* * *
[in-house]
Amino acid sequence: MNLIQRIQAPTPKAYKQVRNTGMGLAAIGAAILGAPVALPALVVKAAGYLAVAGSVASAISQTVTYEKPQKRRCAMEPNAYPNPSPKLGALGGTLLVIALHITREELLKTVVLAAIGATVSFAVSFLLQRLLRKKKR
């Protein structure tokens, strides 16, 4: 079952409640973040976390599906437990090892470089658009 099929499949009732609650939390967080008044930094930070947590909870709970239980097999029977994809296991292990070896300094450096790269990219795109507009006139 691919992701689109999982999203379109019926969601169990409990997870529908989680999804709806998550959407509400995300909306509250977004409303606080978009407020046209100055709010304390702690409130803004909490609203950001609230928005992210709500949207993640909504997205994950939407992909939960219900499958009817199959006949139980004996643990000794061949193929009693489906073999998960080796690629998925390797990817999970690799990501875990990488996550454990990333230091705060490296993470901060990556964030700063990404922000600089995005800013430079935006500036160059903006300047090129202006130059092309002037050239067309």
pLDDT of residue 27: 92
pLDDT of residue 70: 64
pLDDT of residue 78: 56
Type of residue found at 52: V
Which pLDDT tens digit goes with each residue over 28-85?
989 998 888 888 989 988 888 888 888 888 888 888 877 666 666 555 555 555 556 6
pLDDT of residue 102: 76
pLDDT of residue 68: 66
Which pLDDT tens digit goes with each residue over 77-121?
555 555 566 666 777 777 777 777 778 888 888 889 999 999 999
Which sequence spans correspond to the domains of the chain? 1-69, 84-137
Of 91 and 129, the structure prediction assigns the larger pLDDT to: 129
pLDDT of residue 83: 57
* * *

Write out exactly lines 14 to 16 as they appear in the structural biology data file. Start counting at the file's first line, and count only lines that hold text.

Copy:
Which sequence spans correspond to the domains of the chain? 1-69, 84-137
Of 91 and 129, the structure prediction assigns the larger pLDDT to: 129
pLDDT of residue 83: 57